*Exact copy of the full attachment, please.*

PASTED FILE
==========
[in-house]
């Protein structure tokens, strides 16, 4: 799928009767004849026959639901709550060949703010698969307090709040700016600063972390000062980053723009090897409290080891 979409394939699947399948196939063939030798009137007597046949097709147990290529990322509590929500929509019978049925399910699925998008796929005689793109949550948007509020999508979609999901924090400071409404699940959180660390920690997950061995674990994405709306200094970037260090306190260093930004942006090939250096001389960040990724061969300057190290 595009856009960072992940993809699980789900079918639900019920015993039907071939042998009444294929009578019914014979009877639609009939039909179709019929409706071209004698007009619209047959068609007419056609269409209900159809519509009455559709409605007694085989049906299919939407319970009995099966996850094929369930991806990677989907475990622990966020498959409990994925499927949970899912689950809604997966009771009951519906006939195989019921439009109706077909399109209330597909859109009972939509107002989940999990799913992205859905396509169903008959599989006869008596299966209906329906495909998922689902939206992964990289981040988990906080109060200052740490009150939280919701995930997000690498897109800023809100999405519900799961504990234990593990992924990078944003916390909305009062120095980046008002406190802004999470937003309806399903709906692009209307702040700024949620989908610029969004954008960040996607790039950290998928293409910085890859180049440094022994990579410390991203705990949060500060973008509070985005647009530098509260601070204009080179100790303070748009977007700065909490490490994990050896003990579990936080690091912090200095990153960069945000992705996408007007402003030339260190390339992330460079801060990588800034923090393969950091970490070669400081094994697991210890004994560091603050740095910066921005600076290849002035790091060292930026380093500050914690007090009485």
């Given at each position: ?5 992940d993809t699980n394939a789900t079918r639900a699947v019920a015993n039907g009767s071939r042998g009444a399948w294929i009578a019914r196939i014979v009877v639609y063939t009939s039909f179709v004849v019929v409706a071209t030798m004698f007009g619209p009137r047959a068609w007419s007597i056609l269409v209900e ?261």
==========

[in-house]
């Protein structure tokens, strides 16, 4: 799928009767004849026959639901709550060949703010698969307090709040700016600063972390000062980053723009090897409290080891 979409394939699947399948196939063939030798009137007597046949097709147990290529990322509590929500929509019978049925399910699925998008796929005689793109949550948007509020999508979609999901924090400071409404699940959180660390920690997950061995674990994405709306200094970037260090306190260093930004942006090939250096001389960040990724061969300057190290 595009856009960072992940993809699980789900079918639900019920015993039907071939042998009444294929009578019914014979009877639609009939039909179709019929409706071209004698007009619209047959068609007419056609269409209900159809519509009455559709409605007694085989049906299919939407319970009995099966996850094929369930991806990677989907475990622990966020498959409990994925499927949970899912689950809604997966009771009951519906006939195989019921439009109706077909399109209330597909859109009972939509107002989940999990799913992205859905396509169903008959599989006869008596299966209906329906495909998922689902939206992964990289981040988990906080109060200052740490009150939280919701995930997000690498897109800023809100999405519900799961504990234990593990992924990078944003916390909305009062120095980046008002406190802004999470937003309806399903709906692009209307702040700024949620989908610029969004954008960040996607790039950290998928293409910085890859180049440094022994990579410390991203705990949060500060973008509070985005647009530098509260601070204009080179100790303070748009977007700065909490490490994990050896003990579990936080690091912090200095990153960069945000992705996408007007402003030339260190390339992330460079801060990588800034923090393969950091970490070669400081094994697991210890004994560091603050740095910066921005600076290849002035790091060292930026380093500050914690007090009485």
């Given at each position: ?5 992940d993809t699980n394939a789900t079918r639900a699947v019920a015993n039907g009767s071939r042998g009444a399948w294929i009578a019914r196939i014979v009877v639609y063939t009939s039909f179709v004849v019929v409706a071209t030798m004698f007009g619209p009137r047959a068609w007419s007597i056609l269409v209900e ?261």